In l8l2 young John's father left the West Indies and settled in Portland, Maine, where he died three years later. The youth then attended Hebron Academy, a college preparatory school in the same state. There he stayed until he was 20. Then he moved to Boston, where he taught Black youngsters five years in the home of Primus Hall (later the Smith School). He entered Bowdoin College in Brunswick, Maine as a junior and received the bachelor of arts degree after two years on September 6, 1826. While there he associated with Henry Wadsworth Longfellow and became a fraternity brother of James Russell Lowell in the Athenaeans, the first American college fraternity to admit a Negro. At the commencement exercises Russwurm delivered the class oration, the first graduate to do so.

     However, he missed by 14 days the distinction of being the first Negro to receive a baccalaureate degree from an American college. That honor went to Edward Jones, whose degree was conferred by Amherst College in Massachusetts on August 23, l826. Russwurm evened the score three years later when he won his master's degree at Bowdoin a year ahead of Jones.

     After college Russwurm settled in New York City with its concentration of progressive, well-educated free Blacks. Joining the select circle of abolitionists and activists there, he quickly won recognition as an articulate and dedicated leader in the anti-slavery crusade.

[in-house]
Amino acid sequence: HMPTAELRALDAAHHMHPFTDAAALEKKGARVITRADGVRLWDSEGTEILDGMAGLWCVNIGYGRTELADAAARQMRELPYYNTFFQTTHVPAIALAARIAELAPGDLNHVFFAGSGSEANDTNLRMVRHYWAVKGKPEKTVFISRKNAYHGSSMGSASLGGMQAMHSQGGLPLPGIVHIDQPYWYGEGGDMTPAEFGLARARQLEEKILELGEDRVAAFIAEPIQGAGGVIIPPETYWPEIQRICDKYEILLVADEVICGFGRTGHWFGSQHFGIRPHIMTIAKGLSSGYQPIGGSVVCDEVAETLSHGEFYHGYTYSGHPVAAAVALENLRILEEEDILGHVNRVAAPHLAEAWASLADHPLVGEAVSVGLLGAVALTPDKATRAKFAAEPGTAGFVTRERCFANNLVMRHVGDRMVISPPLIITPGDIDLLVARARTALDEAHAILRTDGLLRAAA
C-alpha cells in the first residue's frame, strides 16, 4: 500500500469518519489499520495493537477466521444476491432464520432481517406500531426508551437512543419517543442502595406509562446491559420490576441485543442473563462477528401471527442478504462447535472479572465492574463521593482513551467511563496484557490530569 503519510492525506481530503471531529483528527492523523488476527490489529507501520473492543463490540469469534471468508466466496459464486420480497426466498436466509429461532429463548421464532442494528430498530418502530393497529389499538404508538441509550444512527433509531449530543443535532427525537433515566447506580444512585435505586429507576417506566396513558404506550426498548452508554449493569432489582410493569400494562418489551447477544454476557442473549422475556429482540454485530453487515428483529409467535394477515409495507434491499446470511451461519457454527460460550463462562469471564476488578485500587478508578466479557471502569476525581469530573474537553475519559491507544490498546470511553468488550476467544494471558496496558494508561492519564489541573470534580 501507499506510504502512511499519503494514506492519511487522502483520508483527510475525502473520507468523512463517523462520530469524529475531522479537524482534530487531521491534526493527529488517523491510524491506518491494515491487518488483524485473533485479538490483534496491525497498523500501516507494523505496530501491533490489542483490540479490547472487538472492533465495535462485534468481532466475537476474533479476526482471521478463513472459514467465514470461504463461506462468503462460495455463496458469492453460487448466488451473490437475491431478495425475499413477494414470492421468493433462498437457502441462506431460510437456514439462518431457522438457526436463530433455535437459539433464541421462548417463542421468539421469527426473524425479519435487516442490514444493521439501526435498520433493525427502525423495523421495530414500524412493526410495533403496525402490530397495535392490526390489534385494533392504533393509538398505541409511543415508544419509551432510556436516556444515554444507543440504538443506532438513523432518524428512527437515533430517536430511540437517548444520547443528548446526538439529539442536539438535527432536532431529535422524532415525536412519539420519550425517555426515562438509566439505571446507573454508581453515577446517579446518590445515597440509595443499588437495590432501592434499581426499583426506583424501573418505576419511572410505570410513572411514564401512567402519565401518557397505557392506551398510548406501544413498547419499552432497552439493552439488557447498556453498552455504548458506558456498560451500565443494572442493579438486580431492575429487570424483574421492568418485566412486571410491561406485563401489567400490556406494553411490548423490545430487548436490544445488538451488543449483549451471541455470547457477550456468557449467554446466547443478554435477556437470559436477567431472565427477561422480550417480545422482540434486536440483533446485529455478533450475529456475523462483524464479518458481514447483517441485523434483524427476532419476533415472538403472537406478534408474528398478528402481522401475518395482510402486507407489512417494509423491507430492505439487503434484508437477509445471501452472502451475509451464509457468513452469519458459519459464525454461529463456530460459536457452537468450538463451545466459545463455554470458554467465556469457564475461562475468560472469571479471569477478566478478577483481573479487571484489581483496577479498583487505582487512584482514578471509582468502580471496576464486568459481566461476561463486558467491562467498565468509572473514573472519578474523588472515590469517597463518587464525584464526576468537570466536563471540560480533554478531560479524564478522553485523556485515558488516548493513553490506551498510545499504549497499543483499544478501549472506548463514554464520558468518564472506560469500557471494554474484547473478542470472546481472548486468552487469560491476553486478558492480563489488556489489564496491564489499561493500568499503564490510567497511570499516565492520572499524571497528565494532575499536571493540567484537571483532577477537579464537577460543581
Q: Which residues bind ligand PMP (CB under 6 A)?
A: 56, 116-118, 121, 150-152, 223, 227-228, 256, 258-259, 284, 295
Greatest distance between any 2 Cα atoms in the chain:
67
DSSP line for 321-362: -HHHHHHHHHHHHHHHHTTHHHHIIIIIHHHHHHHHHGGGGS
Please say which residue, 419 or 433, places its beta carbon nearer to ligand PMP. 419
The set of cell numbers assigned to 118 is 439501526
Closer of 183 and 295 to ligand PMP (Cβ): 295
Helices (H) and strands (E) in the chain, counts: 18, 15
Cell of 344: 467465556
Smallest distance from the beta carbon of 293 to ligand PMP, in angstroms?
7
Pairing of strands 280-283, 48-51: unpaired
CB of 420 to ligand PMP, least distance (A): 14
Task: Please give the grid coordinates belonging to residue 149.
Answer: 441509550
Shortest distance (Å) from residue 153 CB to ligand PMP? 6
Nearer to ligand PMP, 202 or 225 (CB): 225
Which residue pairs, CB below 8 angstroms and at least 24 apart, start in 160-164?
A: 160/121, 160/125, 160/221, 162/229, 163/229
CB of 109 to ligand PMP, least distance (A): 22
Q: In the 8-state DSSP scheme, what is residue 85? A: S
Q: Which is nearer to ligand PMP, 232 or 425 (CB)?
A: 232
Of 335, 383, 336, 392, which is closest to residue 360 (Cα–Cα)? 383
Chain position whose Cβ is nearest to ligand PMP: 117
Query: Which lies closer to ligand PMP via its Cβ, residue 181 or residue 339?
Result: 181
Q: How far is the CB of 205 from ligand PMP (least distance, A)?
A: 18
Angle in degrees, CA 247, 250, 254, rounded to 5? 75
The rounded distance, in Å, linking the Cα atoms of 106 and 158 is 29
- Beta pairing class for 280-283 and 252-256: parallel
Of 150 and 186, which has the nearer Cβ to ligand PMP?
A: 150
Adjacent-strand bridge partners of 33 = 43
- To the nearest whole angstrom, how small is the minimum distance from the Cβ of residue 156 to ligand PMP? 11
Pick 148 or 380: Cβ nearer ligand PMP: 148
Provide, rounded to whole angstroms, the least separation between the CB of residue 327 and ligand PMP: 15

A Salutatory for Patrons

     Freedom's Journal was born on the l6th of March in l827. The first issue bore the imprint of the disturbing inroads that social, economic, and political changes were making in the daily lives of free Negroes. A five-point salutatory addressed "To Our Patrons" and signed "The Editors" occupied nearly three-fourths of the front page. It charted the course the Journal had set for itself in helping the colored population to lead exemplary lives and become upstanding citizens.

     First, the editors announced that in order to offset any misrepresentations in publications originating from others who "Too long have spoken for us," often "to the discredit to any person of colour," the Journal aspired to provide the Negro with his own forum. It said, in short, "We wish to plead our own cause."

 

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February 2000